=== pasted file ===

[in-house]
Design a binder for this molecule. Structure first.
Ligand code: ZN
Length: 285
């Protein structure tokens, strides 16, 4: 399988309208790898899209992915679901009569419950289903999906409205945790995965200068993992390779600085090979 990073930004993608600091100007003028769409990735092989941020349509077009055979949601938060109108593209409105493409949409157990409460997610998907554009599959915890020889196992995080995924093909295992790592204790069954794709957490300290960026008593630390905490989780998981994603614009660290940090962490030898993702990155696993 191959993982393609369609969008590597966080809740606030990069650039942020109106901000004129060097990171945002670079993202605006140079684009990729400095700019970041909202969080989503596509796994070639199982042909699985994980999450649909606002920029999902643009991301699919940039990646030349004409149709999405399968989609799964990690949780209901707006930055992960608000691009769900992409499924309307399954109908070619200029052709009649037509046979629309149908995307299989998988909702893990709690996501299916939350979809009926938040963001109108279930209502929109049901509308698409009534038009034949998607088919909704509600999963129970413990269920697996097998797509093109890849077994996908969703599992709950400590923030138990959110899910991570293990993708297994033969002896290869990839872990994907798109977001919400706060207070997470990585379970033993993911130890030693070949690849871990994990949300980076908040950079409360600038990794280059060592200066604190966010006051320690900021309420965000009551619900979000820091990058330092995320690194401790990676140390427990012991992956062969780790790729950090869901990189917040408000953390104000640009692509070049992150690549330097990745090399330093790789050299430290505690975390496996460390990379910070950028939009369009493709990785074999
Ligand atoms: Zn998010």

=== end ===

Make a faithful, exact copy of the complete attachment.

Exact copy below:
[in-house]
Design a binder for this molecule. Structure first.
Ligand code: ZN
Length: 285
């Protein structure tokens, strides 16, 4: 399988309208790898899209992915679901009569419950289903999906409205945790995965200068993992390779600085090979 990073930004993608600091100007003028769409990735092989941020349509077009055979949601938060109108593209409105493409949409157990409460997610998907554009599959915890020889196992995080995924093909295992790592204790069954794709957490300290960026008593630390905490989780998981994603614009660290940090962490030898993702990155696993 191959993982393609369609969008590597966080809740606030990069650039942020109106901000004129060097990171945002670079993202605006140079684009990729400095700019970041909202969080989503596509796994070639199982042909699985994980999450649909606002920029999902643009991301699919940039990646030349004409149709999405399968989609799964990690949780209901707006930055992960608000691009769900992409499924309307399954109908070619200029052709009649037509046979629309149908995307299989998988909702893990709690996501299916939350979809009926938040963001109108279930209502929109049901509308698409009534038009034949998607088919909704509600999963129970413990269920697996097998797509093109890849077994996908969703599992709950400590923030138990959110899910991570293990993708297994033969002896290869990839872990994907798109977001919400706060207070997470990585379970033993993911130890030693070949690849871990994990949300980076908040950079409360600038990794280059060592200066604190966010006051320690900021309420965000009551619900979000820091990058330092995320690194401790990676140390427990012991992956062969780790790729950090869901990189917040408000953390104000640009692509070049992150690549330097990745090399330093790789050299430290505690975390496996460390990379910070950028939009369009493709990785074999
Ligand atoms: Zn998010």